No need for translation Korean artist exhibits abstract art in JC

Good art needs no translation. Jersey City resident Yeon-Jin Yang, who came to the U.S. in 2003 from Korea, may have occasional difficulty with English vocabulary, but when asked about her paintings, she’ll most likely answer that she prefers the audience interpret each piece for themselves.

Yang’s exhibit, Hide & Seek, is currently on display at Sawadee Thai, 137 Newark Ave., in downtown Jersey City’s restaurant row, where her work will be shown through Aug. 31.

Named for one of the pieces on display, the exhibition is Yang’s first solo show composed of her oil paintings depicting nature, familiar forms and figures, and abstract shapes and colors.

Colorful expression

Of the elements comprising Yang’s work, the color composition is the most striking. In works such as “Hide & Seek,” vibrant greens and blues stand out against sunny yellows while others, such as “Cross,” are wrought with darker shapes and starker contrasts.

With so much dynamic color predominantly dancing about the canvas, it’s tempting to ask the age-old question as to which Yang prefers, but she is hard-pressed to say.

“My favorite color?” Yang contemplates for a long moment, only to realize, “Actually, I love all of them equally.”

One of her pieces depicts a mysterious “blue figure,” but as is her way with all her artwork, Yang prefers to leave the interpretation to whatever wonders her audience can see within it – like an inkblot test with a grander design and significantly more colorful.

Pure blacks and whites are absent from her work, creating a world that only needs them to create varying shades of colors, which seems to mirror Yang’s passionate and cheerful disposition as well as the inspired intensity of her outlook on the world.

“I think that [while] painting, I actually really concentrate on colors,” she says, as she continues to describe the blue figure as an example. “A lot of blues there, and there’s some light in the background coming through it. It’s kind of abstract,” she explains, adding that some people see it as light, and some as water.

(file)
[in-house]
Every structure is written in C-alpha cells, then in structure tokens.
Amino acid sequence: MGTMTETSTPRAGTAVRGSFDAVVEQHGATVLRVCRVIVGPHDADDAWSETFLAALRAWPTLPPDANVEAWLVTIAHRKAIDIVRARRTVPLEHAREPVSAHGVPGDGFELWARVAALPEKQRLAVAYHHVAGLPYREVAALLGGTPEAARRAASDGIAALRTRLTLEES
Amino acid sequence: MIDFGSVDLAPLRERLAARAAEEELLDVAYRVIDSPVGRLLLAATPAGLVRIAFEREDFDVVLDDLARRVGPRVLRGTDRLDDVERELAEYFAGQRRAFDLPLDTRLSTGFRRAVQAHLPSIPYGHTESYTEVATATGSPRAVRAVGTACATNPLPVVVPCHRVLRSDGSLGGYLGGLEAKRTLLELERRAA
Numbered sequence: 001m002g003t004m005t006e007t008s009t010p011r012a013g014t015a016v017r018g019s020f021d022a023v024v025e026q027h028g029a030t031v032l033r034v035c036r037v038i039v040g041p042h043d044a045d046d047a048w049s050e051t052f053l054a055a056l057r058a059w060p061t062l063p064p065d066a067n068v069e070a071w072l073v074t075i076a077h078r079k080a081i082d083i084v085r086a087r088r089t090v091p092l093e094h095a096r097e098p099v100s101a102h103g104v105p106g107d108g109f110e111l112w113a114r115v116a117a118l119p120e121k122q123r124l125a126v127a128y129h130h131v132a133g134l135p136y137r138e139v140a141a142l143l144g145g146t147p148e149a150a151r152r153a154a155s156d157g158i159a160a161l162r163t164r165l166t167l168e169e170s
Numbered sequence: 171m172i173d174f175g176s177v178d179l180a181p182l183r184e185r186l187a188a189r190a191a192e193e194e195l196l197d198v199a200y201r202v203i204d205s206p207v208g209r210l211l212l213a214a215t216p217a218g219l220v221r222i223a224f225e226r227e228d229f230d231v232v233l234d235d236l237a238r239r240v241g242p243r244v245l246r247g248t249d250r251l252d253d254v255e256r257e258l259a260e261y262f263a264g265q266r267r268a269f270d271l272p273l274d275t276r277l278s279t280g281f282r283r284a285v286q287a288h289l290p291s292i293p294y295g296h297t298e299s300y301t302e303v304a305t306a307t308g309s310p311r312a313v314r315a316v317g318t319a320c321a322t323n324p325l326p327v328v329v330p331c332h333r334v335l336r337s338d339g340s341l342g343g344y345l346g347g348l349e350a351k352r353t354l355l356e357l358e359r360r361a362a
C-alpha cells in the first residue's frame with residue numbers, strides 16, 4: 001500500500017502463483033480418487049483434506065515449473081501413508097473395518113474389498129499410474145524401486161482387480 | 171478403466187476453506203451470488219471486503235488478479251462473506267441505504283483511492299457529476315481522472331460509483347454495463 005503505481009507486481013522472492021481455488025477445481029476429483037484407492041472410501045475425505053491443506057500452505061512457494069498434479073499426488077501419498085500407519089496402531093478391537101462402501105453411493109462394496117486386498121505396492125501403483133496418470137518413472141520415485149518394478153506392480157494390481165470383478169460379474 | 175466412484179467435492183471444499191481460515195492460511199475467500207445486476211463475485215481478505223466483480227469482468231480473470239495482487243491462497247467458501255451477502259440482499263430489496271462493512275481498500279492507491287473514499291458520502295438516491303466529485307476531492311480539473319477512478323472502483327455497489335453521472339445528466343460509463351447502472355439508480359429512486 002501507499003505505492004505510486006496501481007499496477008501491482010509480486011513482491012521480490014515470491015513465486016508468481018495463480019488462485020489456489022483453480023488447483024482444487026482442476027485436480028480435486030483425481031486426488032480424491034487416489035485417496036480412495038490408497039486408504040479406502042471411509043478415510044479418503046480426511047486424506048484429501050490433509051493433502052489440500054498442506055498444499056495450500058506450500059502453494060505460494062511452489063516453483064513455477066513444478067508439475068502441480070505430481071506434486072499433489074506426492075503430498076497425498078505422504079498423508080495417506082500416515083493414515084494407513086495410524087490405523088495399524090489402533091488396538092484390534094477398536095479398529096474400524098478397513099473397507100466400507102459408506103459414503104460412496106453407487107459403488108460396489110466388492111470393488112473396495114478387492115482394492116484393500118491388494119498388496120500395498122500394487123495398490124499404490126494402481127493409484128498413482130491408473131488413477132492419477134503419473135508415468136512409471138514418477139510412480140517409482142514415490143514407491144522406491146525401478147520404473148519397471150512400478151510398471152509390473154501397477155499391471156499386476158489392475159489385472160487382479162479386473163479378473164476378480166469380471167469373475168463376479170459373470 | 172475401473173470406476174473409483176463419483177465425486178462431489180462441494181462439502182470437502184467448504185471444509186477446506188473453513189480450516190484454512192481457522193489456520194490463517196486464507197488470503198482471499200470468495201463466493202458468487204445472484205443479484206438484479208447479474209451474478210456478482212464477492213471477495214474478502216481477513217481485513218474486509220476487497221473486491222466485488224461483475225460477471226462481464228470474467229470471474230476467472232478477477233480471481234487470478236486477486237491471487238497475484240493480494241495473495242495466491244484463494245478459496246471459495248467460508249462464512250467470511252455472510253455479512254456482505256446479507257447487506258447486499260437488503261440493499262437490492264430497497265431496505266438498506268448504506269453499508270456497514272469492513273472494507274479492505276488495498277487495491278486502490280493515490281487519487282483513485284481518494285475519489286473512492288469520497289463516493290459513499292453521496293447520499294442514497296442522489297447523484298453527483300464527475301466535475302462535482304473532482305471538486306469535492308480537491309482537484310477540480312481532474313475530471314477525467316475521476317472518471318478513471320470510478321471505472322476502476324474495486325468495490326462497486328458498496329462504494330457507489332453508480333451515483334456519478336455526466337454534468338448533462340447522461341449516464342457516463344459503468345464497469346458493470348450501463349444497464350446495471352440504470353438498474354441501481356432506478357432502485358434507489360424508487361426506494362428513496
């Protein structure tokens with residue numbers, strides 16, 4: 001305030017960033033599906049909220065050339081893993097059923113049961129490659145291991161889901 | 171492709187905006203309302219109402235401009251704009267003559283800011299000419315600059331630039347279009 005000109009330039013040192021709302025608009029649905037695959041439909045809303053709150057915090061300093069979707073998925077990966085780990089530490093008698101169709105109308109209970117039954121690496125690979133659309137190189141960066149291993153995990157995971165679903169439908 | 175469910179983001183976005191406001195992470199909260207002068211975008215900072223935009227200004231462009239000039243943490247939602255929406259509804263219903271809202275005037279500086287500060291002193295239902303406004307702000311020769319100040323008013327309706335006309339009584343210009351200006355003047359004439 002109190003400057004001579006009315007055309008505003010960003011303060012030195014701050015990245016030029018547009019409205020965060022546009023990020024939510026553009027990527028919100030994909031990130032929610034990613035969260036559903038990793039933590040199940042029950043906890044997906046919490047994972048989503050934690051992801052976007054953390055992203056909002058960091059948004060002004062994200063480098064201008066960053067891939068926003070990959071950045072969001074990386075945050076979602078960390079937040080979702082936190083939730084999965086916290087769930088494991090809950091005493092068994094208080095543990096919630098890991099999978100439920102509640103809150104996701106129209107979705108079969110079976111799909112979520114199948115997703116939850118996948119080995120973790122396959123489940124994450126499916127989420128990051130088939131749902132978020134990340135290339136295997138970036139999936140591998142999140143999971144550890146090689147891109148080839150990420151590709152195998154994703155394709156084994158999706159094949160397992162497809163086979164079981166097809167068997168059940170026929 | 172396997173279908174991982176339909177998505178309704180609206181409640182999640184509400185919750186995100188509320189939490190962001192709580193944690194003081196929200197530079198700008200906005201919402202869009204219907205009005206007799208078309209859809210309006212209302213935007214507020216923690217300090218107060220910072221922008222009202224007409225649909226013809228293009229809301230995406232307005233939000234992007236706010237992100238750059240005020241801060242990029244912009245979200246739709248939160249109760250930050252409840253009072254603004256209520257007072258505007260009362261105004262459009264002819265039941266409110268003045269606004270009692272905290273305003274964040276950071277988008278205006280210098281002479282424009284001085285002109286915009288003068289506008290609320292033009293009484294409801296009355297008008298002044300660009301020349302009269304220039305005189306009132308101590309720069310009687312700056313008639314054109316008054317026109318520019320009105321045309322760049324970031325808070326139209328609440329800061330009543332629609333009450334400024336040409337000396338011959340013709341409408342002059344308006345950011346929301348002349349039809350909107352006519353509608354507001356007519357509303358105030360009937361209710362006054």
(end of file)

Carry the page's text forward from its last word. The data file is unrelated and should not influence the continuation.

Yang enjoys the speculation and interpretation, and she believes each piece is locked inside her and she merely gives it form – even if she declines to define that form herself.

“When I make the colors, something is in there and I fill it,” Yang says, describing her audience as the key, “finding a plot to the painting.”

The artist, who graduated from the School of Visual Arts in Manhattan last year with a bachelor of fine arts, explains, “Sometimes, I make some kind of form or figure, and even though there’s a figure, you can find a lot of things [that it could be]. A lot of possibility is there, so you can figure it out. You can [interpretively] build your own painting.”

And she believes that what viewers take away from seeing her art belongs to them, emphasizing, “My paintings are not mine,” as she explains that she paints for her audience, not for herself.

Long way from home

With her family back home in Seoul, Korea, Yang came to the U.S. to study art after checking out schools and their programs on the Internet and being accepted at the School of Visual Arts. Back in Seoul, Yang had her older sister and brother, but here, says, “Sometimes, I feel really, really lonely.”

Though her aunt and uncle live in Warren, Yang’s only company in her downtown Jersey City home is her Yorkshire terrier, Coco.

She misses her mother’s food, as well as the people and nature of her native country, but her dog makes her feel at home here. “He’s my family right now.”

Back home, she made clothing and other things with her mother, and now, she takes comfort in her day job, dog walking, which she enjoys.

Sometimes, she walks for hours around her neighborhood.

And when her neighbor and owner of Sawadee Thai asked to see her work, she was excited for the opportunity to show her work to the audience she believes it belongs to.

Yang’s perspective on being so far away from home in a different land mirrors her perspective on creating art.

“I like it because, honestly, I can be really free, and I can be totally different,” she says. “It’s almost an adventure all of the time.”

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